911 dispatcher tells caller to 'shut up' shortly before she drowns in flood
A former 911 dispatcher is coming under fire after a recording of her call with a drowning caller surfaced last month.
Donna Reneau was working her last shift as a dispatcher for the Fort Smith Police Department on Aug. 24 when she received a call from Debra Stevens, according to KFTA-TV.
Stevens, 47, had been delivering newspapers in Fort Smith, Ark., early that morning when her car was swept away by floodwaters. She called 911 from her vehicle, trapped in a group of trees with water rising around her.
Reneau answered the call, during which Stevens shared that she was unable to swim and was concerned that she might drown. As the water began rising up to her chest, she repeatedly said, "I'm going to die."
The recording of the call, released by Fort Smith Police Department last Thursday, shows Reneau's reactions to the call, during which she initially dismisses Stevens's panic.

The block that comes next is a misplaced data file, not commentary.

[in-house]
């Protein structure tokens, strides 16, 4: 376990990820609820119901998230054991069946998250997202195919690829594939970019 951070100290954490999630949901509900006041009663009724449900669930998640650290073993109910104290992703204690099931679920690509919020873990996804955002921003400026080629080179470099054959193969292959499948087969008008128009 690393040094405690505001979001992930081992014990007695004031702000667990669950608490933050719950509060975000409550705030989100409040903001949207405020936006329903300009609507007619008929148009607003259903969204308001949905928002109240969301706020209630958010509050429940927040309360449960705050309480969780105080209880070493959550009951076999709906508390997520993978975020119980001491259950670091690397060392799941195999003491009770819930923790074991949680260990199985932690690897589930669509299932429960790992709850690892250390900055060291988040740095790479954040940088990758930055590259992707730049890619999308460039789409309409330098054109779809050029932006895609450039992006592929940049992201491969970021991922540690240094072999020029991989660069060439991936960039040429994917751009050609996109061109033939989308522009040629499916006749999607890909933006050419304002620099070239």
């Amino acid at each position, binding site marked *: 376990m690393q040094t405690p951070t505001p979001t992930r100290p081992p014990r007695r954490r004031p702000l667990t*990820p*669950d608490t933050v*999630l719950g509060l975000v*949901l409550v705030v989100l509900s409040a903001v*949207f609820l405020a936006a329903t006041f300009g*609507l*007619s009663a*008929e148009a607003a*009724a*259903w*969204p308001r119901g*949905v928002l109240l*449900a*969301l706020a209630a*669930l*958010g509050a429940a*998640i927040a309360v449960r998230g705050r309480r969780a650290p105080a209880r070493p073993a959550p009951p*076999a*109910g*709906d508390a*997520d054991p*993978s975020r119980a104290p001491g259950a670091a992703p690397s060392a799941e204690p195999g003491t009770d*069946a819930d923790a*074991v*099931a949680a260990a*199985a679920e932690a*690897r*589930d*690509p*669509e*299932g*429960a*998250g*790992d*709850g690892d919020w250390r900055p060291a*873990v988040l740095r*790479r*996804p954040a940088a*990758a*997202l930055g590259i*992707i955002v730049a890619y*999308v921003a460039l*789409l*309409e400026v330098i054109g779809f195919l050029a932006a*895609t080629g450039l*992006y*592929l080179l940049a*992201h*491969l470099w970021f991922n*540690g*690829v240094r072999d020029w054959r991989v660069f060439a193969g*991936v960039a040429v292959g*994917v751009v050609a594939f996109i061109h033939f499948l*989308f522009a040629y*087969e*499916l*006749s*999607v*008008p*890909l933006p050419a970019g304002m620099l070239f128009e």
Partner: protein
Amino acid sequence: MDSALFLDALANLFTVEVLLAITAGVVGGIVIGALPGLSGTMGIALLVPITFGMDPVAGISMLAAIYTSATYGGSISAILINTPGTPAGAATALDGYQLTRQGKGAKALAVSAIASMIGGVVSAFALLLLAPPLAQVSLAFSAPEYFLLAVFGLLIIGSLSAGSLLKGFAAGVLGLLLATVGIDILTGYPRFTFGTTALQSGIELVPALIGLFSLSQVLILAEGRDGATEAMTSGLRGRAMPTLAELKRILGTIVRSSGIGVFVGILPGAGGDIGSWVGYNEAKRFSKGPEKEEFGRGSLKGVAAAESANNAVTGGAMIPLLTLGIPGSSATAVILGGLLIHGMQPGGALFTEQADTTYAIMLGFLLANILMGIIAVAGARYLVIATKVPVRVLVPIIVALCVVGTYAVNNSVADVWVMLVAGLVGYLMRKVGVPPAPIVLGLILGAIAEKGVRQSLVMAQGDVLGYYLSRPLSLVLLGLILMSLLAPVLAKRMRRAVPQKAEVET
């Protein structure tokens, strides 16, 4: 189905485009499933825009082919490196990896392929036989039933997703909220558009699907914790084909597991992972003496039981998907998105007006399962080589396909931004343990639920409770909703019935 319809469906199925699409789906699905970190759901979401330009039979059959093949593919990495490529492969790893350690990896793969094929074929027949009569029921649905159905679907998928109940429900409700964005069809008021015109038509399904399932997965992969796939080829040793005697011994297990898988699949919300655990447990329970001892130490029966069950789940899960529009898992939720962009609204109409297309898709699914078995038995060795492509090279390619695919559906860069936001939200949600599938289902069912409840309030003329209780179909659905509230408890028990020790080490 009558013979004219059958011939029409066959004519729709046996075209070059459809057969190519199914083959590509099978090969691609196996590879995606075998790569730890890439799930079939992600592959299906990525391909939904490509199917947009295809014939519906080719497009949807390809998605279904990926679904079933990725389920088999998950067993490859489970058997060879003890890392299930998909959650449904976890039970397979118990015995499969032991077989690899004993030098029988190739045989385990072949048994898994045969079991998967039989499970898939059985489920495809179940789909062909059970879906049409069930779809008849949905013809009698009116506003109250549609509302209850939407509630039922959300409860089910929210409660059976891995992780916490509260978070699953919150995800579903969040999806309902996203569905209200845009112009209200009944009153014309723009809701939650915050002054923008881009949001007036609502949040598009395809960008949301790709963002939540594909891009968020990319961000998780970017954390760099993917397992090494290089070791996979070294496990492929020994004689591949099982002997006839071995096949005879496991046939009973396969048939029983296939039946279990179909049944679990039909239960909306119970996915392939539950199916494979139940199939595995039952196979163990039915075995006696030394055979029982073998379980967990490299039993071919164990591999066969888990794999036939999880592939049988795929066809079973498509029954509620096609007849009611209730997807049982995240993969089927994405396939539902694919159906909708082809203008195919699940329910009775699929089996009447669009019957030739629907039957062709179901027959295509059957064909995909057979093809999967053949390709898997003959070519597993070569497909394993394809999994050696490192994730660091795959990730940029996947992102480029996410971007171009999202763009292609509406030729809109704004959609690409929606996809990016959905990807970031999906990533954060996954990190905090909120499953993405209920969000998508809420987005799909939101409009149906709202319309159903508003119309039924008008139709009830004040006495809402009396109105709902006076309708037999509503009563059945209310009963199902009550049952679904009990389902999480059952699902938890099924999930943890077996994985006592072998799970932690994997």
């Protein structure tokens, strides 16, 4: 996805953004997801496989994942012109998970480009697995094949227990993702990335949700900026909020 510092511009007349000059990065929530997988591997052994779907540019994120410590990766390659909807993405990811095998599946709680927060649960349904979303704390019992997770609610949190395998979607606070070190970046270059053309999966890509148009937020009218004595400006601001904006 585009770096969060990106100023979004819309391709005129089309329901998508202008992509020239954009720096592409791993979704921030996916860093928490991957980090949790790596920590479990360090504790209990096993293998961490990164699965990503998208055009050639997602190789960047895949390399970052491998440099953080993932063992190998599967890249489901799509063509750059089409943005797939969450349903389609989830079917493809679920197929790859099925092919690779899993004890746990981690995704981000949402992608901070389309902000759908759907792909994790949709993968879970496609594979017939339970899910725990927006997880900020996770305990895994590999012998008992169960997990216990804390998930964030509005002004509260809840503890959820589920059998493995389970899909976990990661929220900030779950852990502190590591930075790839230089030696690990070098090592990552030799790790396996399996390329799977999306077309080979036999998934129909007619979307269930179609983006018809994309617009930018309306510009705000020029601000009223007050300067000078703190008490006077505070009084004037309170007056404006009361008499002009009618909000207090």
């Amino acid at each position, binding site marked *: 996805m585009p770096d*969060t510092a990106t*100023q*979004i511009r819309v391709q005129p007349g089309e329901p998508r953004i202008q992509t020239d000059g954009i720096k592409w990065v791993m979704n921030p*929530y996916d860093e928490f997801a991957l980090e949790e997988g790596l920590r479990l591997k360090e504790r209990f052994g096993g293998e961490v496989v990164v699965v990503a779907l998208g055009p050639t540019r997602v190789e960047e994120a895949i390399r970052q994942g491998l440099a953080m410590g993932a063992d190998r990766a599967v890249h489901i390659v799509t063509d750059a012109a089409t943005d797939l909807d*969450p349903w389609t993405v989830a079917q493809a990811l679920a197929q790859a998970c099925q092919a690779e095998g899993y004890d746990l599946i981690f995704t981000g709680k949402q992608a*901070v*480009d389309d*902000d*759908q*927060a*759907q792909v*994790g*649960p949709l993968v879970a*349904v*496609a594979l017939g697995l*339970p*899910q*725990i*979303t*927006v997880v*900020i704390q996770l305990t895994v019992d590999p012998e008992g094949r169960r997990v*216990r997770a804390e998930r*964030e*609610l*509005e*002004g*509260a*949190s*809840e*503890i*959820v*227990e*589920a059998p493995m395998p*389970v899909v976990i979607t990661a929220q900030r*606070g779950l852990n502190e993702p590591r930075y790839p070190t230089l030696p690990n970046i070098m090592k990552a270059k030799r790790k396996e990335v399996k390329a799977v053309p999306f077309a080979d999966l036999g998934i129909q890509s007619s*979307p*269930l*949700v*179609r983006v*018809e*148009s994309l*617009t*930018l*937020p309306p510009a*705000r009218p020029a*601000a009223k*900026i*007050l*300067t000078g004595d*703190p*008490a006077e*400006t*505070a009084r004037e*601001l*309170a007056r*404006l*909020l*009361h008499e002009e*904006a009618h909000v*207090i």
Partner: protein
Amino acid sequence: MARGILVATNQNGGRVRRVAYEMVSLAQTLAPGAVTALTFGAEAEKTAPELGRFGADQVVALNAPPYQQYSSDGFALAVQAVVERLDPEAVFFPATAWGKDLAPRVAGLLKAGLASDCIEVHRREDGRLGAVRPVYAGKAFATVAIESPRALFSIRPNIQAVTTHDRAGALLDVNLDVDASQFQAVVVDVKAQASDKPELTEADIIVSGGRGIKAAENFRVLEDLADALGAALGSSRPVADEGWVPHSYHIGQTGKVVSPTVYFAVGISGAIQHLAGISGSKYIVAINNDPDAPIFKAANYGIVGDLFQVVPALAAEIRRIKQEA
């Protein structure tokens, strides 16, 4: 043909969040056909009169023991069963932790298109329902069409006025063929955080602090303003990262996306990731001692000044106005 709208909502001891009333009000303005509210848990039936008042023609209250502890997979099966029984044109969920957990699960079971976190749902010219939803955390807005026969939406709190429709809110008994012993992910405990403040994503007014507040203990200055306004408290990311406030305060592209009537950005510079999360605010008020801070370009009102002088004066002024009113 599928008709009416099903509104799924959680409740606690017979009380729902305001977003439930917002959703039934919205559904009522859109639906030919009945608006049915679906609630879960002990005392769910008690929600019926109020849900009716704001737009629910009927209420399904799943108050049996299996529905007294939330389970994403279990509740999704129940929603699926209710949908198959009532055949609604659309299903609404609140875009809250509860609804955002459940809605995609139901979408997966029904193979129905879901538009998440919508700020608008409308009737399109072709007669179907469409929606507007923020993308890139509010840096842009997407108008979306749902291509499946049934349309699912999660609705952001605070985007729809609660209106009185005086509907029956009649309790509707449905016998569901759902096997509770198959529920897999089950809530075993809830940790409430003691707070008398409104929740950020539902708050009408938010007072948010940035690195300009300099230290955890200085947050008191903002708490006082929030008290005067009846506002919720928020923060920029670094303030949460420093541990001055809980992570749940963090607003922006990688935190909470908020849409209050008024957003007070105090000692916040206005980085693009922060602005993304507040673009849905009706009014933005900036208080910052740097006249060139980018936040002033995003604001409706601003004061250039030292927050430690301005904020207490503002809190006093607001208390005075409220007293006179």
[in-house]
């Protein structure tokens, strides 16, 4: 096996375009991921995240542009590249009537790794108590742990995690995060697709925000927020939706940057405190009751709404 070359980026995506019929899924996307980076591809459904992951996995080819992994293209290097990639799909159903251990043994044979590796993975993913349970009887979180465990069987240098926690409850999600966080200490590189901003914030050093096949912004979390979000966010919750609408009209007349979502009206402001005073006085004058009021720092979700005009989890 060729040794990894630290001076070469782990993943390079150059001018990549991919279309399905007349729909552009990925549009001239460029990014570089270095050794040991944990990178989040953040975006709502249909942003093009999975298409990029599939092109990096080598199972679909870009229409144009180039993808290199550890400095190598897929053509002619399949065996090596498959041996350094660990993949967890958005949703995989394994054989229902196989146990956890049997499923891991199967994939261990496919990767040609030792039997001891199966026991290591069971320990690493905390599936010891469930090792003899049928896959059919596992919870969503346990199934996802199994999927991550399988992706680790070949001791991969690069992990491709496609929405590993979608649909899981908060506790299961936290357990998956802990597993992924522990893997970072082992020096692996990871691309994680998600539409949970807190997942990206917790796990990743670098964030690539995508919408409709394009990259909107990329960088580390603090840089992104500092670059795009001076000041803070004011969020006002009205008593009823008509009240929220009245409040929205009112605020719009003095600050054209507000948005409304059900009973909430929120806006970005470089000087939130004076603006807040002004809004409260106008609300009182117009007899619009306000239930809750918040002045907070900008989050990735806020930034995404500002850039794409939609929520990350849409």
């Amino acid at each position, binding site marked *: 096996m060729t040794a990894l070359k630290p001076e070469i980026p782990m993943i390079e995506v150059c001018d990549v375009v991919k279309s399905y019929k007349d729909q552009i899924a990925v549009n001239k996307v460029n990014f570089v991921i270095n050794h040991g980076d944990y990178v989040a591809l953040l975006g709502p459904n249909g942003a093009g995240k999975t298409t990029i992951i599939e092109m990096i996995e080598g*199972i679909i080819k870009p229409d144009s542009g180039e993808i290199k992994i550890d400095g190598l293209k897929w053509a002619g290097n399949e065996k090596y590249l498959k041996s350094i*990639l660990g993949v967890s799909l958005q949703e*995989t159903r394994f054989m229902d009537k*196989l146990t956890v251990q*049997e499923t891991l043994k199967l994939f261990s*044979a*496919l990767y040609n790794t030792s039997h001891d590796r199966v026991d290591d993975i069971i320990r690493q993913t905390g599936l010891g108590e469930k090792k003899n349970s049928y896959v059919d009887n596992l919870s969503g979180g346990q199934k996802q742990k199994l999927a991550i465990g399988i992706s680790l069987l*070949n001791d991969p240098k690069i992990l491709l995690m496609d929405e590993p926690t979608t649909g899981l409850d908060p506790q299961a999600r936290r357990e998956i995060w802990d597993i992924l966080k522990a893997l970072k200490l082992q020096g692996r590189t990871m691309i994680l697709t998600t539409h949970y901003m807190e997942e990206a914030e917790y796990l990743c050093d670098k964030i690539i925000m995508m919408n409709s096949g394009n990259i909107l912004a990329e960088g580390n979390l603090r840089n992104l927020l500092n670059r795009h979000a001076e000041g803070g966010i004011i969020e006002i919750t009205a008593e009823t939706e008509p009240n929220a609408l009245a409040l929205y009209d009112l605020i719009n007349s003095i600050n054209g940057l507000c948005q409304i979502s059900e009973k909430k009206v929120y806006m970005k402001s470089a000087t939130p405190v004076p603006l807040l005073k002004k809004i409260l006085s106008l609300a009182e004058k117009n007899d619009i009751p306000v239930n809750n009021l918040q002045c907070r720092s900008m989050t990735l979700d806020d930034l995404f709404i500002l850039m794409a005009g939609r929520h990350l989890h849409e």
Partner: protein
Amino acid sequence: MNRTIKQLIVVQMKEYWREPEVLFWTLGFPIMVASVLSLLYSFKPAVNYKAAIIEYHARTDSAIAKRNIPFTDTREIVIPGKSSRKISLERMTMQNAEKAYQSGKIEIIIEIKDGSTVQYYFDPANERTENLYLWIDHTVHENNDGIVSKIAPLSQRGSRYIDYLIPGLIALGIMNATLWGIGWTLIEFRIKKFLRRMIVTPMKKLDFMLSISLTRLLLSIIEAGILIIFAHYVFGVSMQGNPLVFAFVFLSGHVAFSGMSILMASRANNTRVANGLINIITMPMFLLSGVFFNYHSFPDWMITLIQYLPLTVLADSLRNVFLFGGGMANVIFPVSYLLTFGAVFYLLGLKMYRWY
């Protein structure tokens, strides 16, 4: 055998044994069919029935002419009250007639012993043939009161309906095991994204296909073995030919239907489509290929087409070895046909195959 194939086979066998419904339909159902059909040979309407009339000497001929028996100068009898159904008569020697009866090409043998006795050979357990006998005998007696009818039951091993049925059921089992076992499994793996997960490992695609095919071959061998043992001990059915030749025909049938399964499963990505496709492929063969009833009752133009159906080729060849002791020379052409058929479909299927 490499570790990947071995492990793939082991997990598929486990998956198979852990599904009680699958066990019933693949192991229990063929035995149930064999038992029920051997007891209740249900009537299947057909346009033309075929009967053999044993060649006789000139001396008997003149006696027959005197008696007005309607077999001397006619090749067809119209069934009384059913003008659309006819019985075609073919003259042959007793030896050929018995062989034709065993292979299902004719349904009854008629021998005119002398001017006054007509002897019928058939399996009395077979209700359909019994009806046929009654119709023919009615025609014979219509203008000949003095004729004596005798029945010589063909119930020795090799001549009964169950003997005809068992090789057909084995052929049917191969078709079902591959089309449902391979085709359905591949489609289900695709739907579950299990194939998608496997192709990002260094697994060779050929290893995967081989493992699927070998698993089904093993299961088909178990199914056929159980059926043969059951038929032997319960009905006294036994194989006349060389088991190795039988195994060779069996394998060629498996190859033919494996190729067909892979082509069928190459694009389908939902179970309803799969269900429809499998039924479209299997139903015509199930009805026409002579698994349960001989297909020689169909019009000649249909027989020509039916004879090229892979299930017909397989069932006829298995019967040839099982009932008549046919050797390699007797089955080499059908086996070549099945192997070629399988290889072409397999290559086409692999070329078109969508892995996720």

"You're not going to die," Reneau says. "I don't know why you’re freaking out."
The dispatcher goes on to scold Stevens for not seeing the floodwaters that swept her away.
"This will teach you next time don't drive in the water," she says. "I don't see how you didn't see it, you had to go right over it, so?"
Reneau, who was named the department's "fire dispatcher of the year" in February, stayed on the call with Stevens for about 25 minutes. At one point, she can be heard telling Stevens to "shut up."
"Ms. Debbie you're going to need to shut up. I need to you to listen to me," Reneau says.
First responders were dispatched a few minutes after the call started, but they didn't reach Stevens until more than an hour later. By that time, she had drowned to death.
Fort Smith Police Chief Danny Baker said in the department's statement that he was "heartbroken for this tragic loss of life." He added that despite the nature of the 911 call, the first responders were attempting to reach Stevens as quickly as possible.
"While the operator's response to this extremely tense and dynamic event sounds calloused and uncaring at times, sincere efforts were being made to locate and save Mrs. Stevens," the statement said.
Reneau had been a dispatcher with the department for five years and had handed in her resignation earlier last month, KFTA reported. Baker said the department will not investigate Reneau, as she is no longer an employee, however it will look into "our policies, our responses [and] our dispatch center."
"We're looking at what we can do to increase training for our dispatchers in regards to swift water rescue and other things," Baker added.